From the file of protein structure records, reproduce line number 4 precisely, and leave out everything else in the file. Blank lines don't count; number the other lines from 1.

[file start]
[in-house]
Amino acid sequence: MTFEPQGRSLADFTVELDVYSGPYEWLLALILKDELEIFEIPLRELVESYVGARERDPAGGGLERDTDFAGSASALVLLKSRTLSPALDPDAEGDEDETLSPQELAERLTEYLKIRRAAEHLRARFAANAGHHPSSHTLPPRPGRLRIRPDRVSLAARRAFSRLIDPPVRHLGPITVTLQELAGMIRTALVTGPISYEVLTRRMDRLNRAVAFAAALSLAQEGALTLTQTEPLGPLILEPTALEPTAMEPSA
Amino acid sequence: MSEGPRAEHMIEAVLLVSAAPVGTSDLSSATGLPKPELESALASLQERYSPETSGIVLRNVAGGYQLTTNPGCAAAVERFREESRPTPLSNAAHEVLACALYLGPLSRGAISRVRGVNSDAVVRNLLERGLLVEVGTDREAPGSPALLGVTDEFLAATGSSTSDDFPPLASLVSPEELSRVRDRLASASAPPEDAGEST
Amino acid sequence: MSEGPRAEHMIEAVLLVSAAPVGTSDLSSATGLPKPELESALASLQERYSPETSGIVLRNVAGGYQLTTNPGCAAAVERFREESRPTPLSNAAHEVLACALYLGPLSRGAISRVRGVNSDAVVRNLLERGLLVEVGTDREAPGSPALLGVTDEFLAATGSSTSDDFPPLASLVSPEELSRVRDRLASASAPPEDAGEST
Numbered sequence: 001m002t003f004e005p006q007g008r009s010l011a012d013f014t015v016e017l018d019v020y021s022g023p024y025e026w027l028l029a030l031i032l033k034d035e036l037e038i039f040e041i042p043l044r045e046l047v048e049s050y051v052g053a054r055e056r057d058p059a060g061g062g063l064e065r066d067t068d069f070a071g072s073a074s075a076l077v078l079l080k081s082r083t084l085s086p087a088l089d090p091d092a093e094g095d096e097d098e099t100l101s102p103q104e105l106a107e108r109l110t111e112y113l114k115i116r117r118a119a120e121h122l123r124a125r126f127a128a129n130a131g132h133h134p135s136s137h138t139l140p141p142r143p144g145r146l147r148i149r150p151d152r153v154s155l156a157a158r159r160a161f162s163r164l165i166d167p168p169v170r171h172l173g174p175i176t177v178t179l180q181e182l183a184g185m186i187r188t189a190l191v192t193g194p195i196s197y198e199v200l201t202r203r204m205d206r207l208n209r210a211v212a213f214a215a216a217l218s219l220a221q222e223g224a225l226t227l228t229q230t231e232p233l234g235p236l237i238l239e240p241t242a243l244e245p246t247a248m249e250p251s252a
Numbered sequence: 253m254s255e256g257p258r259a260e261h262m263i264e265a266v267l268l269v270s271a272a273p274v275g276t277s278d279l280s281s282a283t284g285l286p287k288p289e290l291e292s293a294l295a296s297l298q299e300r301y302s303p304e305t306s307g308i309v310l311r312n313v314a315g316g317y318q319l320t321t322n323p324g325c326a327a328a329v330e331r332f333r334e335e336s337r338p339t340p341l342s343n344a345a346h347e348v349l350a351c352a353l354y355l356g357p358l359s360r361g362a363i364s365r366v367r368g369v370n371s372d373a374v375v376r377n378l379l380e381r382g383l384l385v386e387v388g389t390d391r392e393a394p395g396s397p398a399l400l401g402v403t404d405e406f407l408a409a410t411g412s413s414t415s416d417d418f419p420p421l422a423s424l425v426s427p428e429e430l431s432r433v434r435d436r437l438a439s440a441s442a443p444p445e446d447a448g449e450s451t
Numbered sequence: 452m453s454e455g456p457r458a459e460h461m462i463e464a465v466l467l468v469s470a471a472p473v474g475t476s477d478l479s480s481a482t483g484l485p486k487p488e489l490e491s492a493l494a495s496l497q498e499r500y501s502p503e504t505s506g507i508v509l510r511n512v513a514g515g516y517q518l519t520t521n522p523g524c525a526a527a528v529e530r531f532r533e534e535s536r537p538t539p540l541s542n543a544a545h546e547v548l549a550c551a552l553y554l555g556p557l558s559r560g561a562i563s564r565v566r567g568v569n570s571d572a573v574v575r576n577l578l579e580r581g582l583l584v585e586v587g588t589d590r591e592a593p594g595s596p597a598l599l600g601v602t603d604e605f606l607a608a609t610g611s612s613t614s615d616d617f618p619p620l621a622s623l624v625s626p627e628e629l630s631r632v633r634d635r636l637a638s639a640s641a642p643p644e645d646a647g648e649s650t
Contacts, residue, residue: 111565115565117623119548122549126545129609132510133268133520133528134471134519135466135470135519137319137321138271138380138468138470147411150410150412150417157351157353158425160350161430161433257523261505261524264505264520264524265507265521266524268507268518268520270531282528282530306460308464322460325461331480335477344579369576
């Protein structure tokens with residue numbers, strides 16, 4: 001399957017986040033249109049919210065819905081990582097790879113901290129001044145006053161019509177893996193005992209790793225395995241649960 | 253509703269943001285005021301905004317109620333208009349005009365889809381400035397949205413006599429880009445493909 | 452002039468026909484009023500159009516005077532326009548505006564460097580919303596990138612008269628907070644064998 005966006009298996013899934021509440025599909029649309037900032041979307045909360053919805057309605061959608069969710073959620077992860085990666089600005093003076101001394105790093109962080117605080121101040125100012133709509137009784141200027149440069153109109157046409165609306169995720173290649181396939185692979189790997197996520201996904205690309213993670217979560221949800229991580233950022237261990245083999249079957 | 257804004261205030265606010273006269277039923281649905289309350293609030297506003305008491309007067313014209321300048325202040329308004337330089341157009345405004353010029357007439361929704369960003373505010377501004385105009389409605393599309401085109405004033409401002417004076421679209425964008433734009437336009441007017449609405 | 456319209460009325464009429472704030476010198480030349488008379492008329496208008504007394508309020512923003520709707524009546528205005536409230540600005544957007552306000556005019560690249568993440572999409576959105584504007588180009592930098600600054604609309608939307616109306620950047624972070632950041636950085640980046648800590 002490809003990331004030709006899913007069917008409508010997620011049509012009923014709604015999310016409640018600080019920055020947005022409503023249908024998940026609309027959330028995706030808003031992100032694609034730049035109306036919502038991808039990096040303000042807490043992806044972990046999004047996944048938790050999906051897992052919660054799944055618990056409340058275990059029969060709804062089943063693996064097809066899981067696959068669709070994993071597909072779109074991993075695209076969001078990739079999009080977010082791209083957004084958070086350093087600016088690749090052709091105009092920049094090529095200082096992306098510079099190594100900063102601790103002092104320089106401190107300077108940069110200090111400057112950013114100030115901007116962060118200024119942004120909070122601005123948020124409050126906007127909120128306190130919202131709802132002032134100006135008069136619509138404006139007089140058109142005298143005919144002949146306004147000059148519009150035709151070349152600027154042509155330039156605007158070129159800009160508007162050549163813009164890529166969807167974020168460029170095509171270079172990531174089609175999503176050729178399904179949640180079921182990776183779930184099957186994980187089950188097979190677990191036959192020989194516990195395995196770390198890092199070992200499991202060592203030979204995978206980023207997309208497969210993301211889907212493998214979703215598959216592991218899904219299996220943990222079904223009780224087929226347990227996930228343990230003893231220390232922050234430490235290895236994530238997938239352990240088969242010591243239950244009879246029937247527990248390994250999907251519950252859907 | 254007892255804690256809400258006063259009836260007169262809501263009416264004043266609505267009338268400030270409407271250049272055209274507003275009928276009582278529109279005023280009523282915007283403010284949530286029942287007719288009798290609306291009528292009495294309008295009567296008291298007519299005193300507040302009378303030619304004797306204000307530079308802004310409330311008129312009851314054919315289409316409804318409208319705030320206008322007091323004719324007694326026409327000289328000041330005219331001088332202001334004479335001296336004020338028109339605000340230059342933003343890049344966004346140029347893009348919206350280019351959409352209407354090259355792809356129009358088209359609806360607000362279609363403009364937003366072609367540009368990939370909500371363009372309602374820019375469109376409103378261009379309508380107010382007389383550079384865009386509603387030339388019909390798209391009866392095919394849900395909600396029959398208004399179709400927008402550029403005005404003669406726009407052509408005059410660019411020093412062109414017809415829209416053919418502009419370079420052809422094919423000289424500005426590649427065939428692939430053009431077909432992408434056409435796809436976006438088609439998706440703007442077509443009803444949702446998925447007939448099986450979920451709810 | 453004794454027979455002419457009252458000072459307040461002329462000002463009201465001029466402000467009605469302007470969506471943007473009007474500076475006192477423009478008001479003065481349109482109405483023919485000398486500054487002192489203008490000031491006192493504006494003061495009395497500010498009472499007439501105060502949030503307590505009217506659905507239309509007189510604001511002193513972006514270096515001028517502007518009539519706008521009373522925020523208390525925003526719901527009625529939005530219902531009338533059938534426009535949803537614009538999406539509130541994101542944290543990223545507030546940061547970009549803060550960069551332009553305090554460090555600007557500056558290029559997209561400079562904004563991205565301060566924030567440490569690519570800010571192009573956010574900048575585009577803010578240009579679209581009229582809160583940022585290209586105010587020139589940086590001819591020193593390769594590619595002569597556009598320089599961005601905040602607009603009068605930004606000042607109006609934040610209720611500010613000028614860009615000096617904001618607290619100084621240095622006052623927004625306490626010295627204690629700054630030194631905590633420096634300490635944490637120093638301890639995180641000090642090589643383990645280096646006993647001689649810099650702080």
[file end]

Amino acid sequence: MSEGPRAEHMIEAVLLVSAAPVGTSDLSSATGLPKPELESALASLQERYSPETSGIVLRNVAGGYQLTTNPGCAAAVERFREESRPTPLSNAAHEVLACALYLGPLSRGAISRVRGVNSDAVVRNLLERGLLVEVGTDREAPGSPALLGVTDEFLAATGSSTSDDFPPLASLVSPEELSRVRDRLASASAPPEDAGEST